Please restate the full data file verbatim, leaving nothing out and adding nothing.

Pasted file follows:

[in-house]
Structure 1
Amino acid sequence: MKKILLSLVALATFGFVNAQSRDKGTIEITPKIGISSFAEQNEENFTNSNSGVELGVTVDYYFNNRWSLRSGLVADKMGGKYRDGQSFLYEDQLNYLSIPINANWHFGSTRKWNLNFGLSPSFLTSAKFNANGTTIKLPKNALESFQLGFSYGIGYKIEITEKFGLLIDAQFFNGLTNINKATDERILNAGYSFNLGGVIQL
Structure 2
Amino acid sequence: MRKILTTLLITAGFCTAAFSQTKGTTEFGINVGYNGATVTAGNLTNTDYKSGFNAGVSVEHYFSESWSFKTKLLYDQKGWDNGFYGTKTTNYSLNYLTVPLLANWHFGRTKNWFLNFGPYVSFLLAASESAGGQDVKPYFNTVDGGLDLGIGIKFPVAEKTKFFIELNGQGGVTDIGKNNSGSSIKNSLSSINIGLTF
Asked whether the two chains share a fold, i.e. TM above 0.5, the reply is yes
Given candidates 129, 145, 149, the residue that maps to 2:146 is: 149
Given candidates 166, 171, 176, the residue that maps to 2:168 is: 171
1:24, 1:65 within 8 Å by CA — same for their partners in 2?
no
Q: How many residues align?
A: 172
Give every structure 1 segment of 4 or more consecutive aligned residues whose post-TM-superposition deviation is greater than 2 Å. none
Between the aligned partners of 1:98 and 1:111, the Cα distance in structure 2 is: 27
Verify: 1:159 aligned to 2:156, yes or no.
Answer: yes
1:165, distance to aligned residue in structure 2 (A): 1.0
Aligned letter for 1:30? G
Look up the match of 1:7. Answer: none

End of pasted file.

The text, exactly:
[in-house]
Structure 1
Amino acid sequence: MKKILLSLVALATFGFVNAQSRDKGTIEITPKIGISSFAEQNEENFTNSNSGVELGVTVDYYFNNRWSLRSGLVADKMGGKYRDGQSFLYEDQLNYLSIPINANWHFGSTRKWNLNFGLSPSFLTSAKFNANGTTIKLPKNALESFQLGFSYGIGYKIEITEKFGLLIDAQFFNGLTNINKATDERILNAGYSFNLGGVIQL
Structure 2
Amino acid sequence: MRKILTTLLITAGFCTAAFSQTKGTTEFGINVGYNGATVTAGNLTNTDYKSGFNAGVSVEHYFSESWSFKTKLLYDQKGWDNGFYGTKTTNYSLNYLTVPLLANWHFGRTKNWFLNFGPYVSFLLAASESAGGQDVKPYFNTVDGGLDLGIGIKFPVAEKTKFFIELNGQGGVTDIGKNNSGSSIKNSLSSINIGLTF
Asked whether the two chains share a fold, i.e. TM above 0.5, the reply is yes
Given candidates 129, 145, 149, the residue that maps to 2:146 is: 149
Given candidates 166, 171, 176, the residue that maps to 2:168 is: 171
1:24, 1:65 within 8 Å by CA — same for their partners in 2?
no
Q: How many residues align?
A: 172
Give every structure 1 segment of 4 or more consecutive aligned residues whose post-TM-superposition deviation is greater than 2 Å. none
Between the aligned partners of 1:98 and 1:111, the Cα distance in structure 2 is: 27
Verify: 1:159 aligned to 2:156, yes or no.
Answer: yes
1:165, distance to aligned residue in structure 2 (A): 1.0
Aligned letter for 1:30? G
Look up the match of 1:7. Answer: none